adjtimex --utc --compare=20 --interval=10 > /tmp/adj_file.txt

give you? (It will take about 3.5 minutes for this to run)
For the F7 machine on which I'm seeing the weird behaviour,
I get:


[root@medulla ~]# adjtimex --utc --compare=20 --interval=10
--- current --- -- suggested --
cmos time system-cmos error_ppm tick freq tick freq
1198880050 0.798082
1198880059 0.900194 10211.2 10000 10426576
1198880069 0.002171 -89802.3 10000 10426576 10899 4022989
1198880078 0.104114 10194.3 10000 10426576 9899 4246426
1198880087 0.206065 10195.1 10000 10426576 9899 4194864
1198880096 0.308030 10196.5 10000 10426576 9899 4102676
1198880105 0.409981 10195.1 10000 10426576 9899 4193301
1198880114 0.511942 10196.1 10000 10426576 9899 4129239
1198880123 0.612893 10095.1 10000 10426576 9900 4192826
1198880132 0.714856 10196.3 10000 10426576 9899 4116739
1198880141 0.816836 10198.0 10000 10426576 9899 4002676
1198880150 0.918770 10193.4 10000 10426576 9899 4305801
1198880160 0.020729 -89804.1 10000 10426576 10899 4141739
1198880169 0.122682 10195.3 10000 10426576 9899 4180801
1198880178 0.224641 10195.9 10000 10426576 9899 4141739
1198880187 0.326589 10194.8 10000 10426576 9899 4213614
1198880196 0.428548 10195.9 10000 10426576 9899 4141739
1198880205 0.530505 10195.7 10000 10426576 9899 4155801
1198880214 0.632459 10195.4 10000 10426576 9899 4174551
1198880223 0.734426 10196.7 10000 10426576 9899 4088614

The second column is in seconds and is the delta between the system
clock and the RTC. On a well tuned machine with an accurate RTC and a
system clock adjusted to run in sync with UTC (say, via NTP) this
number should be small (less than 1 second) and nearly constant.

The third column is the change in Parts per Million of the number in
Column 2 from one line to the next. It tells you how much the RTC is
deviating relative to the system clock. (100 ppm is 8.64 seconds per
day.)

As you can see, the system time appears to be advancing by almost
exactly 0.1 seconds every 10 seconds relative to the RTC (cmos clock).
Then, just as they are about to get out of phase by 1 second, something
causes either the system clock to "jump back" by ~1 second or the RTC
to jump forward.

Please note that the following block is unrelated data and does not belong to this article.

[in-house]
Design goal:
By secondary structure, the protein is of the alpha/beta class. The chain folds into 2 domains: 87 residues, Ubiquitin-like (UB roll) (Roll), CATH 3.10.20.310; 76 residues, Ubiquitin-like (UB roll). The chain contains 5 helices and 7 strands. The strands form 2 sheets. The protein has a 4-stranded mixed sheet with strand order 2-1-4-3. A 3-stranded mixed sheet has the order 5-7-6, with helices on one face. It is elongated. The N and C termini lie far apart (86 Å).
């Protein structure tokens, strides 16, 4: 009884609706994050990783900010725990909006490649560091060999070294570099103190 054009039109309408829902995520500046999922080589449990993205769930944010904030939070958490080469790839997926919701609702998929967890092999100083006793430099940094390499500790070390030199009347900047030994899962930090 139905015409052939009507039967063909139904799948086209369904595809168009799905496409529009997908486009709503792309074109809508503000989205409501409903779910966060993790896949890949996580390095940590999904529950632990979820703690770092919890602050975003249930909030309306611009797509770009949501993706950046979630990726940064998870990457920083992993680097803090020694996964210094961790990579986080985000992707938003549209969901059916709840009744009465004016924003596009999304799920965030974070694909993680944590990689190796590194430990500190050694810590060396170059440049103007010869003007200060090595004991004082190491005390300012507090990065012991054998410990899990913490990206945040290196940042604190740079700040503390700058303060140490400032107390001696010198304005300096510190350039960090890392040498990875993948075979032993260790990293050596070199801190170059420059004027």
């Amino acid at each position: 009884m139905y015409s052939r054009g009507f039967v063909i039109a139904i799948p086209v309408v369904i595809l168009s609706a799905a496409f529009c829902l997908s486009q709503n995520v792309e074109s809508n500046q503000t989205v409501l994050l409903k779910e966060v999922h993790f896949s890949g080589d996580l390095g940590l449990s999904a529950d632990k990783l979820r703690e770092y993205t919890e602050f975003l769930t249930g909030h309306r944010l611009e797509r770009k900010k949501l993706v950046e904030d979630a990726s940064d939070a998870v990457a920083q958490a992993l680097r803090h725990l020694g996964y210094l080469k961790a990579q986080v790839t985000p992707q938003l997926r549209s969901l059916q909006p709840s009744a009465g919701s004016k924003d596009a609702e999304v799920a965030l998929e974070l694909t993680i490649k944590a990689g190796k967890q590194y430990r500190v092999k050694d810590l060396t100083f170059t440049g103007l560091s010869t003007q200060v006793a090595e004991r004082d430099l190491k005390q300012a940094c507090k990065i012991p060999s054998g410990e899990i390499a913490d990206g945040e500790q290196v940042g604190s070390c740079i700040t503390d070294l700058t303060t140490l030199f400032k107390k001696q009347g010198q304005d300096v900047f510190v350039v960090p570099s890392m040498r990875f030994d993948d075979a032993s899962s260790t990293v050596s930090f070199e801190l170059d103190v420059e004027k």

It is certainly _not_ the system time doing the jumping. In fact:

[root@medulla ~]# ntpdate -q montpelier.ilan.caltech.edu
server 192.12.19.20, stratum 1, offset -0.001485, delay 0.05589
28 Dec 14:23:03 ntpdate[29445]: adjust time server 192.12.19.20 offset -0.001485 sec

which says that my system is about 1 ms ahead of
"montpelier.ilan.caltech.edu" which is a highly accurate Statum 1 time
server.

This delta is nearly constant so my system clock is not jumping
around.

That leaves the RTC doing the jumping. But having an RTC that is
runing nearly 10000 ppm slower than my system clock and which "jumps
ahead" every 10 seconds or so seems absurd.

Furthermore, when I halt the system, boot into the bios, and watch the
RTC time evolve I see no jumps and it is certainly not running 1/10
second slower than wall time.

That leaves two other possibilities: a bug in adjtimex or a bug in the
kernel. That's where I am right now.

Couple of other items:

If I increase the --interval, above, to 20 seconds, I get (in part)

[root@medulla ~]# adjtimex --utc --compare=20 --interval=20
--- current --- -- suggested --
cmos time system-cmos error_ppm tick freq tick freq
1198882092 0.313780
1198882111 0.415686 5095.3 10000 10426576
1198882130 0.516580 5044.7 10000 10426576 9951 942820
1198882149 0.617472 5044.6 10000 10426576 9951 950633
1198882168 0.718367 5044.8 10000 10426576 9951 939695
1198882187 0.820270 5095.1 10000 10426576 9950 4190951
1198882206 0.921165 5044.7 10000 10426576 9951 940476
1198882226 0.022069 -44954.8 10000 10426576 10451 910789
1198882245 0.122960 5044.6 10000 10426576 9951 952976
1198882264 0.224865 5095.2 10000 10426576 9950 4184701

The really odd thing is that the change in "system-cmos" from
line to line is still about 0.1 seconds! If the RTC were really
running slowly, it should be 0.2 seconds. In fact, no matter what
I make the interval, the 0.1 seconds remains the same.

So I vote for this being a bug in adjtimex (or the kernel).

Just as a reference here's the output of the same commond on my FC6 laptop
(whose sytem clock is also well sychronised with UTC):

[root@axon ~]# adjtimex --utc --compare=20 --interval=20
--- current --- -- suggested --
cmos time system-cmos error_ppm tick freq tick freq
1198882771 0.000563
1198882791 0.001026 23.1 10000 -580512
1198882811 0.000995 -1.5 10000 -580512 9999 6072345
1198882831 0.001093 4.9 10000 -580512 9999 5652814
1198882851 0.000830 -13.2 10000 -580512 10000 282026
1198882871 0.001060 11.5 10000 -580512 9999 5220782
1198882891 0.000850 -10.5 10000 -580512 10000 104683
1198882911 0.001099 12.4 10000 -580512 9999 5158282
1198882931 0.001014 -4.3 10000 -580512 9999 6252033
1198882951 0.001111 4.8 10000 -580512 9999 5656720


As you can see, the drift between the RTC and the system is quite low,
less than plus or minus 25ppm, and there's no wierd "jumping" going
on. (Well there _is_ the "11 minute kernel correction" but that's
another bedtime story.)

I have no idea what's happening on my F7 system to cause the strange
behaviour. Does anyone else?


Dean